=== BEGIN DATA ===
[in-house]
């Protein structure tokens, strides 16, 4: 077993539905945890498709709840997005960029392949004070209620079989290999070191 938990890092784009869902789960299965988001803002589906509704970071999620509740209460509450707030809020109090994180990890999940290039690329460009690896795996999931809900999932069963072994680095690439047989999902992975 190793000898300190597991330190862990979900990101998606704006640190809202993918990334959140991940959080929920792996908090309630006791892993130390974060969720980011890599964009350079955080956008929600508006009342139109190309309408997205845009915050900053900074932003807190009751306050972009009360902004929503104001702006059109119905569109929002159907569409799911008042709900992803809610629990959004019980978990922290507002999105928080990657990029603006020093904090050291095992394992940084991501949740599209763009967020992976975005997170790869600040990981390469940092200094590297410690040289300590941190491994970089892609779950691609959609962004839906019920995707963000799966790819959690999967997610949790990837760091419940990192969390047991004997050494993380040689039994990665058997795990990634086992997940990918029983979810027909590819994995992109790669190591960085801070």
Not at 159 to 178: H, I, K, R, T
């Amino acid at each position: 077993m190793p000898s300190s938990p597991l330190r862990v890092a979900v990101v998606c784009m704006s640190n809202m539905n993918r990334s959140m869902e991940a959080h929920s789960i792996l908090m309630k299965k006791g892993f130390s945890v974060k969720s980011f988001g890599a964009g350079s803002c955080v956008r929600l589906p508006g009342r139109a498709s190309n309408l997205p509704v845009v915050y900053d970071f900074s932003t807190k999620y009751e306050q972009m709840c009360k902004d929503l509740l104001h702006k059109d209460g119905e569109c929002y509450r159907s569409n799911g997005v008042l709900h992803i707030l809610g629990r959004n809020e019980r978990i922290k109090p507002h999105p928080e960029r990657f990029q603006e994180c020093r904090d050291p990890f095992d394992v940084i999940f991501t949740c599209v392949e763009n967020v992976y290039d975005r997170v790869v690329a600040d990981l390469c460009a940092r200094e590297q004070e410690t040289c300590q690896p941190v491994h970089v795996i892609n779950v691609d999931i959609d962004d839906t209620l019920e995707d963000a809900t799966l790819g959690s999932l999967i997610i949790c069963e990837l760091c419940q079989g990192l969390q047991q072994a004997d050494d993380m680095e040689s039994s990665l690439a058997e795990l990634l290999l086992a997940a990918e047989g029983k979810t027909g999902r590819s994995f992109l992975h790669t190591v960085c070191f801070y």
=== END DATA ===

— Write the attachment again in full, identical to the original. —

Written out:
[in-house]
């Protein structure tokens, strides 16, 4: 077993539905945890498709709840997005960029392949004070209620079989290999070191 938990890092784009869902789960299965988001803002589906509704970071999620509740209460509450707030809020109090994180990890999940290039690329460009690896795996999931809900999932069963072994680095690439047989999902992975 190793000898300190597991330190862990979900990101998606704006640190809202993918990334959140991940959080929920792996908090309630006791892993130390974060969720980011890599964009350079955080956008929600508006009342139109190309309408997205845009915050900053900074932003807190009751306050972009009360902004929503104001702006059109119905569109929002159907569409799911008042709900992803809610629990959004019980978990922290507002999105928080990657990029603006020093904090050291095992394992940084991501949740599209763009967020992976975005997170790869600040990981390469940092200094590297410690040289300590941190491994970089892609779950691609959609962004839906019920995707963000799966790819959690999967997610949790990837760091419940990192969390047991004997050494993380040689039994990665058997795990990634086992997940990918029983979810027909590819994995992109790669190591960085801070």
Not at 159 to 178: H, I, K, R, T
């Amino acid at each position: 077993m190793p000898s300190s938990p597991l330190r862990v890092a979900v990101v998606c784009m704006s640190n809202m539905n993918r990334s959140m869902e991940a959080h929920s789960i792996l908090m309630k299965k006791g892993f130390s945890v974060k969720s980011f988001g890599a964009g350079s803002c955080v956008r929600l589906p508006g009342r139109a498709s190309n309408l997205p509704v845009v915050y900053d970071f900074s932003t807190k999620y009751e306050q972009m709840c009360k902004d929503l509740l104001h702006k059109d209460g119905e569109c929002y509450r159907s569409n799911g997005v008042l709900h992803i707030l809610g629990r959004n809020e019980r978990i922290k109090p507002h999105p928080e960029r990657f990029q603006e994180c020093r904090d050291p990890f095992d394992v940084i999940f991501t949740c599209v392949e763009n967020v992976y290039d975005r997170v790869v690329a600040d990981l390469c460009a940092r200094e590297q004070e410690t040289c300590q690896p941190v491994h970089v795996i892609n779950v691609d999931i959609d962004d839906t209620l019920e995707d963000a809900t799966l790819g959690s999932l999967i997610i949790c069963e990837l760091c419940q079989g990192l969390q047991q072994a004997d050494d993380m680095e040689s039994s990665l690439a058997e795990l990634l290999l086992a997940a990918e047989g029983k979810t027909g999902r590819s994995f992109l992975h790669t190591v960085c070191f801070y």